"Lazzari's Sports Roundup" - - - - 7/16/11
Matt Hurlock recently succumbed to a year-long battle with colon/liver cancer; he was just 39. His name may not be familiar to all who read this column, but those who were fortunate to have crossed paths with the man will always treasure fond memories of a special person--and a true educator. Yes, I was one of the lucky ones.
I met Matt a few years ago; he was the head basketball (boys) and volleyball coach at Coventry High School and also taught physical education. At the time, he had just won another Class S state championship in volleyball. In addition, his basketball team was still undefeated and his wife was expecting their second child. Yes, all was well in the world of Matthew J. Hurlock. Before the start of one particular basketball game, I approached Matt, shook his hand, and introduced myself. After congratulating him on his continued volleyball success, our conversation immediately turned to basketball. I relayed to him that I had coached his star player, Jamie Kohn, at the middle school level. He then shared some thoughts with me about Jamie and his team in general. What immediately struck me about Matt Hurlock was his modest, easy-going nature. For a guy who was collecting state volleyball championships like they were stamps (he'd win a total of seven after taking over the program in 2001), I found him to be remarkably approachable, non-egotistical, and friendly. In an instant, it felt like I had known the guy for a couple of decades. I then asked him if he'd like to appear on my cable TV sports show--and if he could bring a couple of athletes from the high school with him. He smiled, his face lit up, and without hesitation said something similar to, "Absolutely--that would be SO cool." We then parted ways as I would go on to watch his basketball team keep their unblemished record intact that night. Man, I said to myself--if only ALL coaches were as easy to deal with as Matt Hurlock!
A live edition of "Monday Night Sports Talk" was produced in February of '08 as Matt brought along one of his top volleyball players, Ashley Curtis, and the aforementioned Jamie Kohn--an All-State player. He immediately thanked me for inviting him and happily chatted with my co-host, Tony DeAngelo, prior to the airing. As the show progressed, Hurlock continually lauded the personal efforts of the duo that had accompanied him to the studio that night. Even more noticeable was the fact that he constantly used the words "we" and "us" when referring to EITHER team he coached. Yeah, it soon became extremely clear to me that Matt Hurlock's philosophy of coaching could be summed up in ONE word--"selfless"--and he was able to communicate this approach very easily to his players. And it was more than just athletics to Coach H. as he was quick to point out that he was most proud of Ashley due to her being "very well-rounded." At one point, we specifically asked Matt about combining academics and sports. It was then revealed that both Ashley AND Jamie were ranked in the TOP FIVE of their graduating class academically. "I have high expectations," he said that evening, "but I want my players to reap the awards of working hard." It worked, folks.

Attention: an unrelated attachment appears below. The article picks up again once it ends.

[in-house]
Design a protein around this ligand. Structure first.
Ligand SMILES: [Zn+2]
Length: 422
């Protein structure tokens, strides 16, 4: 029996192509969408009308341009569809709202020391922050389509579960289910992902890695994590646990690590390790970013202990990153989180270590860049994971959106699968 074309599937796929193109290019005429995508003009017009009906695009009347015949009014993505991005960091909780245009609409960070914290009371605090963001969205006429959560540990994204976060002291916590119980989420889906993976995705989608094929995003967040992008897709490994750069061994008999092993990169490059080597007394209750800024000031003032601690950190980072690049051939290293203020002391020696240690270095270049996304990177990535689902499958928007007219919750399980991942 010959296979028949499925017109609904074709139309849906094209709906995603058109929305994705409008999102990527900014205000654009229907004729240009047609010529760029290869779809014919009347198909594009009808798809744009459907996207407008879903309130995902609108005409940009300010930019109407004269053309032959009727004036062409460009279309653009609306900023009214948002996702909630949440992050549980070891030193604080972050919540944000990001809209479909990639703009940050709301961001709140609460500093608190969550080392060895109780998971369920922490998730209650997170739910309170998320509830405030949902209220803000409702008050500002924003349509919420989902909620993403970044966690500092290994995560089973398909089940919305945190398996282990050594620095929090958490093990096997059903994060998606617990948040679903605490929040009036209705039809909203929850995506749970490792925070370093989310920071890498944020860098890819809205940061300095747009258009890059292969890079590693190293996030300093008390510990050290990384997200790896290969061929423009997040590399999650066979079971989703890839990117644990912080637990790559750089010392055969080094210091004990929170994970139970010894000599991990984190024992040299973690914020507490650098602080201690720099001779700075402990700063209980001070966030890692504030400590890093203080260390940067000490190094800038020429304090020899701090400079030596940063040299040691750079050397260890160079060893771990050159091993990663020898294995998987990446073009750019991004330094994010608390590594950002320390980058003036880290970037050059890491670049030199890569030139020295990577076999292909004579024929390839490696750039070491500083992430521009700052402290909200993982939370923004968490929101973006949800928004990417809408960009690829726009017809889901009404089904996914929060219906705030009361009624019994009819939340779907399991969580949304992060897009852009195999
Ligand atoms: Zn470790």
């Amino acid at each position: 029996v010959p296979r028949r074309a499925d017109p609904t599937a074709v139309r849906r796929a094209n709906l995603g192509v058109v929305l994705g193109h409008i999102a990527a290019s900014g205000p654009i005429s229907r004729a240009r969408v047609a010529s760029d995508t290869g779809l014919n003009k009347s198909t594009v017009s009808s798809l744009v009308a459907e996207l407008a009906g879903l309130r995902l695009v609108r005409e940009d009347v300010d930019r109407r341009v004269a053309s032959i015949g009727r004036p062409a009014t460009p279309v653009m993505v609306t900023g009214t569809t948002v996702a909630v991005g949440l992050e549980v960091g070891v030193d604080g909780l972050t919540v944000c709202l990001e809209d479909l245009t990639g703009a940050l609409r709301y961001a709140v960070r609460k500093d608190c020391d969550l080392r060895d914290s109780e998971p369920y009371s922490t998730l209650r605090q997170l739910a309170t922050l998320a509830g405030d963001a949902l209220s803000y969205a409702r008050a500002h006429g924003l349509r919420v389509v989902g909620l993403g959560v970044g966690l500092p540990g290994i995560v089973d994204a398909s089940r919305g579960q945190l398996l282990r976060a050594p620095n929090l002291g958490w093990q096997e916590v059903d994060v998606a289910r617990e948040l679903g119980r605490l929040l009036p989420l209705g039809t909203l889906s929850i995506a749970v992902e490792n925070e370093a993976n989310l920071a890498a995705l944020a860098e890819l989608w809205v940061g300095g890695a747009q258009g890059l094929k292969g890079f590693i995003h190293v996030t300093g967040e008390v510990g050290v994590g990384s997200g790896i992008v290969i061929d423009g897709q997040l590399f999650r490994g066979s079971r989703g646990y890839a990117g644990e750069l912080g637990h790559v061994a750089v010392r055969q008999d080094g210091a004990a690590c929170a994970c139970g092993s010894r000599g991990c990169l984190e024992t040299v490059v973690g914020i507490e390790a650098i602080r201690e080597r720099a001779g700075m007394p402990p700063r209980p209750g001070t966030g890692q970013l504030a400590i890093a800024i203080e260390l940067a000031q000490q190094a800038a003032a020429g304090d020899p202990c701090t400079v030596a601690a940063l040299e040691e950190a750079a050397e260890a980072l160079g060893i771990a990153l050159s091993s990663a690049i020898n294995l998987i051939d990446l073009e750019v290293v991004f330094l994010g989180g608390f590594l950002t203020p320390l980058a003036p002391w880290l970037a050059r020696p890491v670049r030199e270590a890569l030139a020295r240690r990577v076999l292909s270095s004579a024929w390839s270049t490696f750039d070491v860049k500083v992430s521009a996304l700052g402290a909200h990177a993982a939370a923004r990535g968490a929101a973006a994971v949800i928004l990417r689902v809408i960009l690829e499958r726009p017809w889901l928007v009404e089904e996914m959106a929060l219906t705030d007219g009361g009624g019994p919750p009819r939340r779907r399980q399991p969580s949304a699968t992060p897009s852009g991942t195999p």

Matt Hurlock compiled a 208-19 record as Coventry's volleyball coach; last fall, as he coached through chemotherapy, his squad became the first small school to ever be voted the #1-ranked team in Connecticut. He headed the basketball team from 1997-2009--winning four conference championships. He ran summer programs for youngsters--all aimed at developing a sense of TEAMWORK. It's really no surprise that this man won all those volleyball titles; you see, the ultimate "team game" was headed by an extremely erudite "TEAM GUY."
Finally, it was obvious that he cared so much about his family--which he was quick to point out on the night of our telecast. "Family comes FIRST," Hurlock said--and it DID. I remember the unmistakable glow on his face when he'd see his wife and children just before game time--or when he'd spend a few quality minutes prior to tip-off getting some last minute pointers from his twin brother Mike. But one can only ponder if Hurlock's "family" was an extended one--including the many young athletes he came in contact with over his brilliant coaching career; he surely treated them that way. If you knew Matt Hurlock--even casually--you FELT like family. What better legacy can a man leave?
I hadn't heard much from Matt over the past year or so; sadly, a fellow media colleague ultimately alerted me to Hurlock's battle with the aggressive disease that would soon take his life. From this day forward, I'm sure his wife Julie will be fueled by memories of special times spent with a wonderful man/husband. His children, Colby and Katelyn, will someday take comfort in knowing that their father--though taken from this world at such a young age--was a 'high-quality' human being. I'll always remain grateful that our paths crossed and that I could consider him a friend--even if only for a few years. His abbreviated time here on earth was surely QUALITY time. Most important, he made a huge impact--and isn't that the ultimate goal? Yes, though short in duration, it was a life well-lived.
Rest in peace, Matt Hurlock--you'll surely be missed.